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Math Teacher's Lament

Steve McCrea

I like these points from this essay:


Discussions between "Simplicio" (the simple one) and "Salviati" (the saved one):  

SIMPLICIO: But isn’t one of the purposes of mathematics education to help 
students think in a more precise and logical way, and to develop their 
“quantitative reasoning skills?”  Don’t all of these definitions and 
formulas sharpen the minds of our students? 
SALVIATI: No they don’t.  If anything, the current system has the opposite effect 
of dulling the mind.  Mental acuity of any kind comes from solving 
problems yourself, not from being told how to solve them. 


SIMPLICIO: But surely there is some body of mathematical facts of which an 
educated person should be cognizant. 
SALVIATI: Yes, the most important of which is that mathematics is an art form 
done by human beings for pleasure!  Alright, yes, it would be nice if 
people knew a few basic things about numbers and shapes, for 
instance.  But this will never come from rote memorization, drills, 
lectures, and exercises.  You learn things by doing them and you 
remember what matters to you.  We have millions of adults wandering 
around with “negative b plus or minus the square root of b squared 
minus 4ac all over 2a” in their heads, and absolutely no idea whatsoever 
what it means.  And the reason is that they were never given the 
chance to discover or invent such things for themselves.  They never 
had an engaging problem to think about, to be frustrated by, and to 
create in them the desire for technique or method.  They were never 
told the history of mankind’s relationship with numbers. 
More importantly, no chance for them to even get curious 
about a question; it was answered before they could ask it.  


a good teacher can guide the discussion and the flow of problems so as 
to allow the students to discover and invent mathematics for 
themselves.  The real problem is that the bureaucracy does not allow 
an individual teacher to do that.  With a set curriculum to follow, a 
teacher cannot lead.  There should be no standards, and no curriculum.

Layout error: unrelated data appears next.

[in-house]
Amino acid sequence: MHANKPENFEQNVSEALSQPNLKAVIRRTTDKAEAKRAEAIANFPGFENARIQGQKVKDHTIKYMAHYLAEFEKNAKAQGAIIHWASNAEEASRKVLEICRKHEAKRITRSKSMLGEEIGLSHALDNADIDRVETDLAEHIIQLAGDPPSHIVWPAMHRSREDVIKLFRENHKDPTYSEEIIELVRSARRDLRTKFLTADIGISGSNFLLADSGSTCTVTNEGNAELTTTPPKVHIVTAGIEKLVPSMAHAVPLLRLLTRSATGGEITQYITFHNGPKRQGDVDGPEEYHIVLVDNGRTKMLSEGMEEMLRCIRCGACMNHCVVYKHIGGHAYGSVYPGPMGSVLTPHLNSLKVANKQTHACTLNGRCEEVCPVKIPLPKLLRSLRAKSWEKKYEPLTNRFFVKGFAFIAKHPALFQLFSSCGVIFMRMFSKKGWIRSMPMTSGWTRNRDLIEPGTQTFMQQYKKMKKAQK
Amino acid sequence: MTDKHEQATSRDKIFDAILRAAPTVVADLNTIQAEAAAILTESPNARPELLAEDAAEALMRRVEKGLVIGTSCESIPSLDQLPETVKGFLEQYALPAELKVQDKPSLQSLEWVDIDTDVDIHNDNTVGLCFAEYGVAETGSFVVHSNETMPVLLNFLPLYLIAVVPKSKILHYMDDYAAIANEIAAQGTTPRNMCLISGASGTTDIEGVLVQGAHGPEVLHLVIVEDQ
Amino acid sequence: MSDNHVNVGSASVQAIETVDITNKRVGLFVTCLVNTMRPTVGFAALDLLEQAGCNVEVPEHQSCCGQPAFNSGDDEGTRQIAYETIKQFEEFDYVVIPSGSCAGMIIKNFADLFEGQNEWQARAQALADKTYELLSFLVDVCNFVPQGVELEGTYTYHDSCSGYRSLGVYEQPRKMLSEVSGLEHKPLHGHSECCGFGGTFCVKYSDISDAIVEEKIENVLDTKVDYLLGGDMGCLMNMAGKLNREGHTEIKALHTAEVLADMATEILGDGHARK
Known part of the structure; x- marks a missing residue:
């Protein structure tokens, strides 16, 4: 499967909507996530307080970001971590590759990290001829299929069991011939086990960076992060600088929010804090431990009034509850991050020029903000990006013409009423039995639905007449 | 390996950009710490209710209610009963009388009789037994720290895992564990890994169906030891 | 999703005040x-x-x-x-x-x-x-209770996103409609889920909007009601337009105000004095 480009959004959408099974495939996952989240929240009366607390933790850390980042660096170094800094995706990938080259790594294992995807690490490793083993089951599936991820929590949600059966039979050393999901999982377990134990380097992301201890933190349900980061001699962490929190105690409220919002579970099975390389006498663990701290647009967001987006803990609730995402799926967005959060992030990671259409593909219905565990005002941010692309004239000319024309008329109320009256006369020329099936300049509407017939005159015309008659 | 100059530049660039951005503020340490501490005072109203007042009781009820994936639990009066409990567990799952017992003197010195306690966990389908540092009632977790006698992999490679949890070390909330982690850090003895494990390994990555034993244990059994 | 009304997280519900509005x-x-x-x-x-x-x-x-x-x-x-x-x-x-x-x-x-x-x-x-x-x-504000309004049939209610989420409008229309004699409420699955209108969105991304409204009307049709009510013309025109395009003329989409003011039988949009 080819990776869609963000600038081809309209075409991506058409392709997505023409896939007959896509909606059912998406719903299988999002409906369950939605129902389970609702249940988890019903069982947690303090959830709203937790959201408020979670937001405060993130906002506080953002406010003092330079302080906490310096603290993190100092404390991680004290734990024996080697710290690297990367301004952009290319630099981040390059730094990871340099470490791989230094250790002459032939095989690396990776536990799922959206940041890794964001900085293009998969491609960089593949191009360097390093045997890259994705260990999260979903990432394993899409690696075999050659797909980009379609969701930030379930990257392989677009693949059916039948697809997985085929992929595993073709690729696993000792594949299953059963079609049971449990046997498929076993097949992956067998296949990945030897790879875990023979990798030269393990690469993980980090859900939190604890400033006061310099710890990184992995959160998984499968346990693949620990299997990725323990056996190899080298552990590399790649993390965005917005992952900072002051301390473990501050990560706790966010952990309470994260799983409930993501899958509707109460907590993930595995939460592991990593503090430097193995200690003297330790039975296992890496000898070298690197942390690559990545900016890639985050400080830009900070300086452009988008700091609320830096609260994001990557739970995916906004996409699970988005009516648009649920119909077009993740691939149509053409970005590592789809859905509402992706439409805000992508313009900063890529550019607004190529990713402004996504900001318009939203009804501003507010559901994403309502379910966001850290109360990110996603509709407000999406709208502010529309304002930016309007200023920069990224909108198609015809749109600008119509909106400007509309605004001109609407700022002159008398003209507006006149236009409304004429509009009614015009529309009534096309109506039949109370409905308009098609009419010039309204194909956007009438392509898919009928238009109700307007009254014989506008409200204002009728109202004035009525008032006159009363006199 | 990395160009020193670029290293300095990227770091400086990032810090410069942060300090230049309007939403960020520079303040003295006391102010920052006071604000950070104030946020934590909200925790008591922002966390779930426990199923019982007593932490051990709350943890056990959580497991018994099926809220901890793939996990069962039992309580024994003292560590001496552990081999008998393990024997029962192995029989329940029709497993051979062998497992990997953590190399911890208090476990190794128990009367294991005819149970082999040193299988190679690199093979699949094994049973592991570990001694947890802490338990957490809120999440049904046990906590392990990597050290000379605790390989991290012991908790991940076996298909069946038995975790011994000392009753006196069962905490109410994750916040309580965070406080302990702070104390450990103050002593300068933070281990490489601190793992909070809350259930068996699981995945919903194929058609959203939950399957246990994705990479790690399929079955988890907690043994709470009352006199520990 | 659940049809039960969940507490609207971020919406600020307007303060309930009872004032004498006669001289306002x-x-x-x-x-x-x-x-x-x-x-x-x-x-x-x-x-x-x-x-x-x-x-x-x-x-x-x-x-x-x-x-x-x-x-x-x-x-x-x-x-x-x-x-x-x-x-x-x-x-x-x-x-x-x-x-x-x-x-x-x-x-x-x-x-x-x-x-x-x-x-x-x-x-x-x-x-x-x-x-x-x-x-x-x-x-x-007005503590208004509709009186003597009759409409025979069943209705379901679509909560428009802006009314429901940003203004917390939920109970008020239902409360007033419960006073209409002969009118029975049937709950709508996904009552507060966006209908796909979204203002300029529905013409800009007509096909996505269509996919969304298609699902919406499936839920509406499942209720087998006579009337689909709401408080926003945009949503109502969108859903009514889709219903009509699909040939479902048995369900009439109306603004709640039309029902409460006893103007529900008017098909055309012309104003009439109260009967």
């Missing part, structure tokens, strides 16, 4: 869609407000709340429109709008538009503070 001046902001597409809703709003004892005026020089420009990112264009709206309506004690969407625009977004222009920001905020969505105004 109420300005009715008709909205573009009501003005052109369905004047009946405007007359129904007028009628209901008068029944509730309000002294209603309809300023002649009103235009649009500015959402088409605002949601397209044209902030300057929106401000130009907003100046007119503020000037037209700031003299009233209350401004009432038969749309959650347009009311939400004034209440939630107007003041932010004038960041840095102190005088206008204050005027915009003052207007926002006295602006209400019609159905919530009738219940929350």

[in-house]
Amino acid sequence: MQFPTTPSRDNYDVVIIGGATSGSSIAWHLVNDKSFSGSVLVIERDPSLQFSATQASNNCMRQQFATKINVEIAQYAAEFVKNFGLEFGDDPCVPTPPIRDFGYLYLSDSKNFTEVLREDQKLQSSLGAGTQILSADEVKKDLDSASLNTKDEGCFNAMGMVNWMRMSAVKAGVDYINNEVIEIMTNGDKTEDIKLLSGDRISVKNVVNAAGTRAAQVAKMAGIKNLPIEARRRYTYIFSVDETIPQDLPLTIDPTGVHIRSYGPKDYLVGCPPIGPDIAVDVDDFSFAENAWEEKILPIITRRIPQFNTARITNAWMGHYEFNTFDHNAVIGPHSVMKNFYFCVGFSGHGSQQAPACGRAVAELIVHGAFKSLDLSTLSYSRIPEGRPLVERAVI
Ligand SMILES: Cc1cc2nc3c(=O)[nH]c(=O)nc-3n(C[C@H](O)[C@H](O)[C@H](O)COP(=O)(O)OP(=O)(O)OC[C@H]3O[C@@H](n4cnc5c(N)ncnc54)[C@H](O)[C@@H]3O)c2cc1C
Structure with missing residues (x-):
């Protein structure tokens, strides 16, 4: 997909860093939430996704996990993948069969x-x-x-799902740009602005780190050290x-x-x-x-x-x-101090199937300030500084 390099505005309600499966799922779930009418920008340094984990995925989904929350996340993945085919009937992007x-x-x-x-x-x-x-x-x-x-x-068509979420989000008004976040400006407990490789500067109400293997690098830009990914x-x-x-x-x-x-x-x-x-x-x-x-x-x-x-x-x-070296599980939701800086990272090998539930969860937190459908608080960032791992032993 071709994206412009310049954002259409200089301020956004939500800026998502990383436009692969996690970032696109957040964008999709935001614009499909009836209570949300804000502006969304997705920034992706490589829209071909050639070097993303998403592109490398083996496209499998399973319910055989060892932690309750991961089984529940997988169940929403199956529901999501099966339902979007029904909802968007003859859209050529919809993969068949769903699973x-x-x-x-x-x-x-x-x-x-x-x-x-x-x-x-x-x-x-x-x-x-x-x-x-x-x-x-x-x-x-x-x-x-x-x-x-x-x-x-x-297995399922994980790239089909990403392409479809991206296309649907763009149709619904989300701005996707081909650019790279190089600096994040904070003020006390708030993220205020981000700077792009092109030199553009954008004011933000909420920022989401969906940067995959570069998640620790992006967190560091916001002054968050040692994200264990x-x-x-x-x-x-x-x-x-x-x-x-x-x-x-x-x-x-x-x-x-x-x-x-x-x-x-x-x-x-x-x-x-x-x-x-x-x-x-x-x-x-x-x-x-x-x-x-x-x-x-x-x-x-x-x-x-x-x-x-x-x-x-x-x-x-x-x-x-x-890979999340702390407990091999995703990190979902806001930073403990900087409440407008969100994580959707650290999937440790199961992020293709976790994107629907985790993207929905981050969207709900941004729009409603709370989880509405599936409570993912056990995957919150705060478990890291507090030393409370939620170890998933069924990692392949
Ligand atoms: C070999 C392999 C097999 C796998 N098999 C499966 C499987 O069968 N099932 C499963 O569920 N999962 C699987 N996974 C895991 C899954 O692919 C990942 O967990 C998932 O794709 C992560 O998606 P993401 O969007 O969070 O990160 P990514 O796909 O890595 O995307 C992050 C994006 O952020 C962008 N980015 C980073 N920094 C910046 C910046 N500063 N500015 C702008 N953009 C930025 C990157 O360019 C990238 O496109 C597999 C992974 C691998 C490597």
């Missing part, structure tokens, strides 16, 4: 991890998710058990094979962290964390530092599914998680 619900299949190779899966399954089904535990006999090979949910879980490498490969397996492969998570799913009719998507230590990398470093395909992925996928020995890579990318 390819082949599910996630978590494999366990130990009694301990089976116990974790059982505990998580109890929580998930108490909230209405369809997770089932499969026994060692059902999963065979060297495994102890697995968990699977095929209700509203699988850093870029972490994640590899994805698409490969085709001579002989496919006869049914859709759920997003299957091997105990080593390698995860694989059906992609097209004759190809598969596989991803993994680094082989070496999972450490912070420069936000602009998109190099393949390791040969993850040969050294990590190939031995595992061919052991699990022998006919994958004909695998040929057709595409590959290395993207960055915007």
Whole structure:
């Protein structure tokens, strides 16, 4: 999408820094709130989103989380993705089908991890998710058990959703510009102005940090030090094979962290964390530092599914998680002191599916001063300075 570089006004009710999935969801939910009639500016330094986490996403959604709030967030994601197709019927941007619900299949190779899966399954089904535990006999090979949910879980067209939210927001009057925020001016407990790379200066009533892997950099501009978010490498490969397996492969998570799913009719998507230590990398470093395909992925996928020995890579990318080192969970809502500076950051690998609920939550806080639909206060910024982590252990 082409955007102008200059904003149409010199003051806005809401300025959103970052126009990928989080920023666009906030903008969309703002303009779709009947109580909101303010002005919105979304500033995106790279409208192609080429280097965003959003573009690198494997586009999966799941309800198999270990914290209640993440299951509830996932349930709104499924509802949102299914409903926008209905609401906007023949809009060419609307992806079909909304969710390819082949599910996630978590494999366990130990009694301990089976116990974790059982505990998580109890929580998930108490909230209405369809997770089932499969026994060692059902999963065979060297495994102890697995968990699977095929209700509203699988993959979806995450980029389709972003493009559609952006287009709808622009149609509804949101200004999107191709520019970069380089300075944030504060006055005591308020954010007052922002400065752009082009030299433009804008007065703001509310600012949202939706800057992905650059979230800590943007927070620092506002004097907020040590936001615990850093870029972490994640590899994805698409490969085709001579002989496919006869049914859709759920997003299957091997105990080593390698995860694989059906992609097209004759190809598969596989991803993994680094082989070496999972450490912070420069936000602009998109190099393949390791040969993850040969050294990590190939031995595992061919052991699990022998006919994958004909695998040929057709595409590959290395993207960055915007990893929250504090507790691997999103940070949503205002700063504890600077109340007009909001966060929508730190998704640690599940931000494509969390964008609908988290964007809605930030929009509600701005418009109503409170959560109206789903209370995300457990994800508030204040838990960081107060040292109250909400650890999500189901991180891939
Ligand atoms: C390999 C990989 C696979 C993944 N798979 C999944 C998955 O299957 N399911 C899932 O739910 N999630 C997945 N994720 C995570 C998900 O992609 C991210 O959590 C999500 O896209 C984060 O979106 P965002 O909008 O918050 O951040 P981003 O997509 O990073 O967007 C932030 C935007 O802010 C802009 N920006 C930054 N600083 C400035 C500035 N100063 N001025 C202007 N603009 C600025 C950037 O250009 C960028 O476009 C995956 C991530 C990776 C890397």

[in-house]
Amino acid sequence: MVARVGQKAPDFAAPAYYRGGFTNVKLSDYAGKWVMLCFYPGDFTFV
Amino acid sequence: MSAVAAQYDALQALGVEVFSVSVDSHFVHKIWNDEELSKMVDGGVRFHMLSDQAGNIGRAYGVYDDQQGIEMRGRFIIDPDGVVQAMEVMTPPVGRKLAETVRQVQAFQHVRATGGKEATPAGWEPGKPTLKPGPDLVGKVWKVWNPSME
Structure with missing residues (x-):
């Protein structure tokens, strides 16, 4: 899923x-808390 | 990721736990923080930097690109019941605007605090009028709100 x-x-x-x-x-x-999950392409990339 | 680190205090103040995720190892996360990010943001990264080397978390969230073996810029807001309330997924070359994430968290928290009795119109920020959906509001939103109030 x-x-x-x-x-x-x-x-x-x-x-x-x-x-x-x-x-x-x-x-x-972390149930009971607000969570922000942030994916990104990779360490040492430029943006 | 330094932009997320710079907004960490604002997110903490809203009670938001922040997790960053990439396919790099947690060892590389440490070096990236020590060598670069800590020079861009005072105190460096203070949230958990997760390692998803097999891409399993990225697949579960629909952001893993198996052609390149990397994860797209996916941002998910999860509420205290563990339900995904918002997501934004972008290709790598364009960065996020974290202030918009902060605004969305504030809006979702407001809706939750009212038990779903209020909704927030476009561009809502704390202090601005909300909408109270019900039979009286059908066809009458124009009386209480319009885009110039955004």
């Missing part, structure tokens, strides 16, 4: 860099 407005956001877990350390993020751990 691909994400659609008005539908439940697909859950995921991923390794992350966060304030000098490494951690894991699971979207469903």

Just individuals doing what they think best for their students.     


How many people actually use any of this “practical math” they 
supposedly learn in school?  Do you think carpenters are out there 
using trigonometry? How many adults remember how to divide 
fractions, or solve a quadratic equation?  Obviously the current 
practical training program isn’t working, and for good reason: it is 
excruciatingly boring, and nobody ever uses it anyway.  So why do 
people think it’s so important?  I don’t see how it’s doing society any 
good to have its members walking around with vague memories of 
algebraic formulas and geometric diagrams, and clear memories of 
hating them.  It might do some good, though, to show them 
something beautiful and give them an opportunity to enjoy being 
creative, flexible, open-minded thinkers— the kind of thing a real 
mathematical education might provide.  


SIMPLICIO: But people need to be able to balance their checkbooks, don’t they? 


SALVIATI: I’m sure most people use a calculator for everyday arithmetic.  And 
why not?  It’s certainly easier and more reliable.  But my point is not 
just that the current system is so terribly bad, it’s that what it’s missing 
is so wonderfully good!  Mathematics should be taught as art for art’s 
sake.  These mundane “useful” aspects would follow naturally as a 
trivial by-product.  Beethoven could easily write an advertising jingle, 
but his motivation for learning music was to create something 


SIMPLICIO: But not everyone is cut out to be an artist.  What about the kids who 
aren’t “math people?”  How would they fit into your scheme? 


SALVIATI: If everyone were exposed to mathematics in its natural state, with all 
the challenging fun and surprises that that entails, I think we would 
see a dramatic change both in the attitude of students toward 
mathematics, and in our conception of what it means to be “good at 
math.”  We are losing so many potentially gifted mathematicians— 
creative, intelligent people who rightly reject what appears to be a 
meaningless and sterile subject.  They are simply too smart to waste 
their time on such piffle.